Be warned: if you’re planning on getting your first drone, spend some time doing the proper research. The range of options these days can be harrowing and your final choice should hinge on several factors including planned use cases, desired flying time, skill level required for operations, and more.
Fortunately, there are drones for almost every occasion these days. The following are 10 tips that can serve as guidelines for choosing your first drone.
10. Start your drone pilot training without relying on GPS assistance.
Many drone models these days come with GPS features that enable the UAV to return home automatically and fly unassisted. However, GPS has its limitations in the presence of blocking objects (e.g., mountains, canyons, trees), so it’s important to develop your manual piloting skills before relying on GPS.
9. Join a drone community to fast-track your pilot training.
Whether you plan on flying alone or in the company of other pilots, getting off to a good start with the help of other experienced drone enthusiasts is the way to go. Here are some prominent online drone communities for doing just that:
8. Invest in a good controller and battery charger.
These are the two components of your drone setup that get outdated the slowest, so feel free to splurge a little bit on them. Controllers and battery chargers can last for years and usually outlive most other drone parts.
7. Determine what type of drone activity you plan on engaging in.
Are you an aspiring drone racer or aerial photographer? Maybe you’re looking for the best first-person view (FPV) experience. Different classes of drone exist for each activity, so figure out what your intended use cases are first.
6. Want a drone that’s easier to fly? Prepare to spend more.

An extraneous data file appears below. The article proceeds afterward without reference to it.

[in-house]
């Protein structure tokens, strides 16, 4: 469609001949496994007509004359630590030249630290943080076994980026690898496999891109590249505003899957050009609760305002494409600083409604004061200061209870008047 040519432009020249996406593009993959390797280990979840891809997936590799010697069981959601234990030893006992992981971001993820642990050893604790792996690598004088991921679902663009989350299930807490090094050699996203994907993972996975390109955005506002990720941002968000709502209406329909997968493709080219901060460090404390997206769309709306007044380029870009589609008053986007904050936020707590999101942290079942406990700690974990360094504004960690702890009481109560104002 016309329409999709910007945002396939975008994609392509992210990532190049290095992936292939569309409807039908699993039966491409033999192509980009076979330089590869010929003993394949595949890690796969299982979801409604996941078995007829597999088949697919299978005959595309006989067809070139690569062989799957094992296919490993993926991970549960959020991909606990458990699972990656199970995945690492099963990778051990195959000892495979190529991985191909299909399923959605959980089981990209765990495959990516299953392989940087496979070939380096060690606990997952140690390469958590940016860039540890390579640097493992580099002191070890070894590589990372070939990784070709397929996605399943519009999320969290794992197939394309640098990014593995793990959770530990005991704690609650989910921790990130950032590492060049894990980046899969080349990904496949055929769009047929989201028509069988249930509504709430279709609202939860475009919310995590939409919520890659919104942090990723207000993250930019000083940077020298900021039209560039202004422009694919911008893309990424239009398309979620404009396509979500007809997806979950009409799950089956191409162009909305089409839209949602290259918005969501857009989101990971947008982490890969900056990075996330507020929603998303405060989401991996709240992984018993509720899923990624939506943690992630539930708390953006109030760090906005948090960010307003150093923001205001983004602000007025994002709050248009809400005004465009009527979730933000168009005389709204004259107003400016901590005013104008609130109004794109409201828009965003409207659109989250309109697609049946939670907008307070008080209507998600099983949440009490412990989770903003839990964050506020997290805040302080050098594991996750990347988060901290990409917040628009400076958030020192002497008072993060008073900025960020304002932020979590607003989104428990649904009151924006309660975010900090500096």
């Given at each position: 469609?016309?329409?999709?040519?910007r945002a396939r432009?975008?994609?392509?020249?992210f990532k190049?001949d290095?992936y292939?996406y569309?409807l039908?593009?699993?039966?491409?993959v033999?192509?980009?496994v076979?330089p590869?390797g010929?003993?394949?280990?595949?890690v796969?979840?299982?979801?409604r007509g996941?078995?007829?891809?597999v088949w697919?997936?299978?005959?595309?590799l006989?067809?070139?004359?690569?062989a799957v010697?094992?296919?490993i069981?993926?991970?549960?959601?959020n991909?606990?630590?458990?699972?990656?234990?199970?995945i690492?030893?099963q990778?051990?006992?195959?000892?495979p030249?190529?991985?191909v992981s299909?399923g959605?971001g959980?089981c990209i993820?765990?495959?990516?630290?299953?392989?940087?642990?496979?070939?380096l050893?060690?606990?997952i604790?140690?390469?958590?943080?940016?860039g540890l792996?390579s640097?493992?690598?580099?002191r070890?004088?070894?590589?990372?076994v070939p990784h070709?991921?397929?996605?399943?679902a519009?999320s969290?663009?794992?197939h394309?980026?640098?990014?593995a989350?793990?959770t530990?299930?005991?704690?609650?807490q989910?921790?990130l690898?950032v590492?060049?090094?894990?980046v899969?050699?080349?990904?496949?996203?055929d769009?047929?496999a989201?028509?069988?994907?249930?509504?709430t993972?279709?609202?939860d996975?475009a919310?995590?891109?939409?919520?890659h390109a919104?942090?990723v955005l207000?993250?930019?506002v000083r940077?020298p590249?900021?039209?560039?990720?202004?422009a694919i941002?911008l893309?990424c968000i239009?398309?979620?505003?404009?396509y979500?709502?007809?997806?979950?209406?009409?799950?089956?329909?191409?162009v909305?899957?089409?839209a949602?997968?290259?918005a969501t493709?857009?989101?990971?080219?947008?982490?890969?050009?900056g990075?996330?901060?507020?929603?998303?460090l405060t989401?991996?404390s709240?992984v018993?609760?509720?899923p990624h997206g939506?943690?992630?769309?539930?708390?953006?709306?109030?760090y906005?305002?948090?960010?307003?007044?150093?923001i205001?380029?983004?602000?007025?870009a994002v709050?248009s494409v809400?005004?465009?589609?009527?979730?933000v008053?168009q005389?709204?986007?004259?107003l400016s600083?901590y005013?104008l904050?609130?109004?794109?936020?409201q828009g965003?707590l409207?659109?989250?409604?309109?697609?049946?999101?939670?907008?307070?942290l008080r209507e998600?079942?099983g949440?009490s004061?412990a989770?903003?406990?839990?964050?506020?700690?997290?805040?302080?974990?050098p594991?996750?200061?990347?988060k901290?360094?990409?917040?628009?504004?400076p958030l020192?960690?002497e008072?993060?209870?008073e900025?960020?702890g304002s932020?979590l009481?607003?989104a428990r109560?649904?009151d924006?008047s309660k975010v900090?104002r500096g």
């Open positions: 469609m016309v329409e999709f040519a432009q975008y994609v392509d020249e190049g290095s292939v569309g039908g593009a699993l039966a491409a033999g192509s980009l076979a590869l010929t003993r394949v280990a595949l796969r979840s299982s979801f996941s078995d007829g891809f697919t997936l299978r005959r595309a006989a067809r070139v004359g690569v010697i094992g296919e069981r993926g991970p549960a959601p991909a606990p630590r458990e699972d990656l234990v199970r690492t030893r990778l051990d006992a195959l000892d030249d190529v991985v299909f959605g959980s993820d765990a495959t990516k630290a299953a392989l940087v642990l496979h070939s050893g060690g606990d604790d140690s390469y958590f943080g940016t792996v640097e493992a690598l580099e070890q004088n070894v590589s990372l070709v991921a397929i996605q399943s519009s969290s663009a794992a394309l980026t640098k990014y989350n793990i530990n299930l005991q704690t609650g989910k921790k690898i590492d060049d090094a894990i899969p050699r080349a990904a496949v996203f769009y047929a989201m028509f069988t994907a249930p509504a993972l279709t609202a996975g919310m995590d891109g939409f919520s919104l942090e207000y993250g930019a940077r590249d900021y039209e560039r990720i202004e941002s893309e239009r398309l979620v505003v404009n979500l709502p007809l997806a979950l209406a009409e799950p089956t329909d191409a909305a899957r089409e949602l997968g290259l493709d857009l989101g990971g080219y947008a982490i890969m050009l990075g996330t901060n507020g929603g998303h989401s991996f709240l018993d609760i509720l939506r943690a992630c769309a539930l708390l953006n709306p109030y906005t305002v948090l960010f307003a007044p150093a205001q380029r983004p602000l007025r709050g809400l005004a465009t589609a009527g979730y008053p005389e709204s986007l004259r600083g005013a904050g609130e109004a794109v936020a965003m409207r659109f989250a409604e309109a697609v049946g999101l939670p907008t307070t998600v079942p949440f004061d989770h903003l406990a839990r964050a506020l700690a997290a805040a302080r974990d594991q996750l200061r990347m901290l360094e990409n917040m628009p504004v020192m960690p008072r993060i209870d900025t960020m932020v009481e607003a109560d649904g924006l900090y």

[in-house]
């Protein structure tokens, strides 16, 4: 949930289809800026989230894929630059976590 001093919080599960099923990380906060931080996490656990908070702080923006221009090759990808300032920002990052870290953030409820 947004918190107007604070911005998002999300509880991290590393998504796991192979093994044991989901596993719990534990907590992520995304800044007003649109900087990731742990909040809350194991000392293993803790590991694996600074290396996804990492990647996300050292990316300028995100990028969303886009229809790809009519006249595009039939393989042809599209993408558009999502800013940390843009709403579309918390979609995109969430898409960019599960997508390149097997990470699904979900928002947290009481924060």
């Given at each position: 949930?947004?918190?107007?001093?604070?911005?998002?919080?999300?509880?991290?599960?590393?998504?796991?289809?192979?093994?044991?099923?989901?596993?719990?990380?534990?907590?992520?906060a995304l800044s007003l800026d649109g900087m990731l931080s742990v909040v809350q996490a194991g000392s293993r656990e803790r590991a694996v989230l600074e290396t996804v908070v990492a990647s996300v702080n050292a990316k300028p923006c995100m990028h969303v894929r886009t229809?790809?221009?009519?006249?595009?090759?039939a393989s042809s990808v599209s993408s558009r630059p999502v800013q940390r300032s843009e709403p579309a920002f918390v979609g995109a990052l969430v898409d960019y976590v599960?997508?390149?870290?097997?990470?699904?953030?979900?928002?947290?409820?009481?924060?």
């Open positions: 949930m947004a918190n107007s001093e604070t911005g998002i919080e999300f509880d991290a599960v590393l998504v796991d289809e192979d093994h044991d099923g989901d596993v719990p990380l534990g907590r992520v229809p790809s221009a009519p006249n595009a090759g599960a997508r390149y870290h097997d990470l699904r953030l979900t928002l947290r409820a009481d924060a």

Typically, most drones priced above $500 are a breeze to fly because of advanced features like in-built sensors, GPS, and other sophisticated components that may improve stability and/or control.
5. Figure out how much you want to spend on your drone.
Drones can cost as little as $20 or as much as $50,000. If you’re considering investing in a more expensive class of drone, it might make sense to pick up a second-hand unit first that you won’t mind crashing a few times.
4. Select a drone that suits your preferred length of flying time.
Drone flight times vary—some fly for as little as 15 minutes while others can stay airborne for as long as an hour.
3. Select your drone based on where you want to fly.
If you reside in a high-density urban area where space is at a premium, smaller drones are clearly more appropriate for your setting.
2. Check your local laws before plopping down the cash.
Your country or municipality may forbid operating a drone within its confines. Check any local and federal legislation regarding legal drone operations before handing over your hard-earned cash.
1. Buy the right type of drone—know the acronyms.
Drone shops and online stores will use the following acronyms frequently—they’re a key part of drone lingo:
- RTF stands for ready-to-fly. These don’t require any assembly or setup, but you’ll need to perform the basics like charging the battery, installing the propellers, or binding the controller to the quadcopter.
- BNF stands for bind-And-fly. A BNF quadcopter usually comes completely assembled with everything included except the controller—so you’ll need to source one yourself. Remember to make sure that your controller will work with your drone before buying it, as sharing the same frequency doesn’t guarantee interoperability these days.
- ARF stands for almost-ready-to-fly and usually consist of DIY quadcopter kits. They usually don’t come with a transmitter or receiver and may require partial assembly. ARF kits may also leave out components like motors, ESCs, or even flight controllers and batteries. Included components may vary depending on the vendor or shop, so be sure to read the fine print.
Not all drone pilots are created equal—and neither are drones. The above guidelines can help greatly in identifying the right drone for your needs, so keep them in mind when browsing the online catalog of your favorite drone retailer.